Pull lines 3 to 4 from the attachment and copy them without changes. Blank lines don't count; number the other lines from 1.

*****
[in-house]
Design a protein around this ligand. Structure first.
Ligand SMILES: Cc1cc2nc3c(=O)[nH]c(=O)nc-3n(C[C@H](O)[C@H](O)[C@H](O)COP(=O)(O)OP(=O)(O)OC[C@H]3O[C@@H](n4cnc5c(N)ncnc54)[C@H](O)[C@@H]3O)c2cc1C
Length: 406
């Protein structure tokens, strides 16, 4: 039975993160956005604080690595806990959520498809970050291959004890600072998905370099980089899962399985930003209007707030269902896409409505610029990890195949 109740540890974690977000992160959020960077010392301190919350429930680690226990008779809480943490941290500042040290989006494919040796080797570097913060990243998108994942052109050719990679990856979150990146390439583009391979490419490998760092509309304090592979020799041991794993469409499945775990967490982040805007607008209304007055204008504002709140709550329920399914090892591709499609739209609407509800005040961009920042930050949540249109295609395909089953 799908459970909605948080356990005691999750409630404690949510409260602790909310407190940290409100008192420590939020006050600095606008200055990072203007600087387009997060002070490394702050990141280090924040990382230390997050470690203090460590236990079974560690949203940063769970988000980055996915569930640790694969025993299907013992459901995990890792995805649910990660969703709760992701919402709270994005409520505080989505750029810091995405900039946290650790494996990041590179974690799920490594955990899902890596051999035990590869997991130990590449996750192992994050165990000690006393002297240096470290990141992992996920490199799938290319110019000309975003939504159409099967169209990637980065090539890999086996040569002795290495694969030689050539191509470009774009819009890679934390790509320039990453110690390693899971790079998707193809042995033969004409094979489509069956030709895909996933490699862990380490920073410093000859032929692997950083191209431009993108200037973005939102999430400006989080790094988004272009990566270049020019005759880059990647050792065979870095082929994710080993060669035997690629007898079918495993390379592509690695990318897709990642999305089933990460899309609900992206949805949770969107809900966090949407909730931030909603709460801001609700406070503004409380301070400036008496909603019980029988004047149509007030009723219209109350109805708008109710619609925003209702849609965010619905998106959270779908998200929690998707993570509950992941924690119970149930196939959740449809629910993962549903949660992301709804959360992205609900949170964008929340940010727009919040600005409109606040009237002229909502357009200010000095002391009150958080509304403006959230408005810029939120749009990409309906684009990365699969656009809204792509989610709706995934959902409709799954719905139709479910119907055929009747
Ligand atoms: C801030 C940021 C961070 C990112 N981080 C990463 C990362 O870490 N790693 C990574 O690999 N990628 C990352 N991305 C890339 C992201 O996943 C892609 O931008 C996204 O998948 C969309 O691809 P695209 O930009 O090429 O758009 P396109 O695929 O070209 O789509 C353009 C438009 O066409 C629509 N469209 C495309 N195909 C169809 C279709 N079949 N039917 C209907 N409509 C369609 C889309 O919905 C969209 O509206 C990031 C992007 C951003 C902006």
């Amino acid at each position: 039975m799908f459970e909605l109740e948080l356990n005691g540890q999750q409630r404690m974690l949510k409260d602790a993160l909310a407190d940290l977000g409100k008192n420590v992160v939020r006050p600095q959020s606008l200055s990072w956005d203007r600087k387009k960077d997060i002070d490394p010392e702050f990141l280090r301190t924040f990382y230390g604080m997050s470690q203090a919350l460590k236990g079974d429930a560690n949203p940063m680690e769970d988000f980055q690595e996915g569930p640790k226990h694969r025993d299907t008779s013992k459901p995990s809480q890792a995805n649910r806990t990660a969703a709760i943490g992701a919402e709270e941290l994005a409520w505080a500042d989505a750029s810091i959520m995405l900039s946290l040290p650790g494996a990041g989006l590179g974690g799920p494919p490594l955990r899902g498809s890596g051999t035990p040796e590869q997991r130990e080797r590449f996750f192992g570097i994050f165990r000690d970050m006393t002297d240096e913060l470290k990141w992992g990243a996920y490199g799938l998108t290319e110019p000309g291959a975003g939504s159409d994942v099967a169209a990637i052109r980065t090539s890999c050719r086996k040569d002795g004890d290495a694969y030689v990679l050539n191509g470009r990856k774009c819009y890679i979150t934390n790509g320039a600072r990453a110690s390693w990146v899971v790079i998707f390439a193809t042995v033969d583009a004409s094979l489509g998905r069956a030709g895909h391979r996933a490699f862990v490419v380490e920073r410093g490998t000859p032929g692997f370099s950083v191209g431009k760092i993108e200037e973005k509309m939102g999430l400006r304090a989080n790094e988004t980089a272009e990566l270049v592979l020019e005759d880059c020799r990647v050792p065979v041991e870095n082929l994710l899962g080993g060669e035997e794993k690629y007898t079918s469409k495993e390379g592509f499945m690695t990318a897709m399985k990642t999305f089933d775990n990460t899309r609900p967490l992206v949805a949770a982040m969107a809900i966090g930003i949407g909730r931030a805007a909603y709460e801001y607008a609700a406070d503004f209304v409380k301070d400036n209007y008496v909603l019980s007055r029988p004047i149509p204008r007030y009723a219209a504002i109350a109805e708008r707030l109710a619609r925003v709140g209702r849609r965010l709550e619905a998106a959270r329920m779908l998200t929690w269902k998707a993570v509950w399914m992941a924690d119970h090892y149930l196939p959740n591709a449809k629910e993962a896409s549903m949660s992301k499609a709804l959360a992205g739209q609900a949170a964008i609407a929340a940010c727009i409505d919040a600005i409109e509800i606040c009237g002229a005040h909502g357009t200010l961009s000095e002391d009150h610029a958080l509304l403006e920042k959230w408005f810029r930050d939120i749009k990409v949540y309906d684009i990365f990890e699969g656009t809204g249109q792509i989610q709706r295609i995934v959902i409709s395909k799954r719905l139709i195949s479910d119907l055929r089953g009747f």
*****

Ligand SMILES: Cc1cc2nc3c(=O)[nH]c(=O)nc-3n(C[C@H](O)[C@H](O)[C@H](O)COP(=O)(O)OP(=O)(O)OC[C@H]3O[C@@H](n4cnc5c(N)ncnc54)[C@H](O)[C@@H]3O)c2cc1C
Length: 406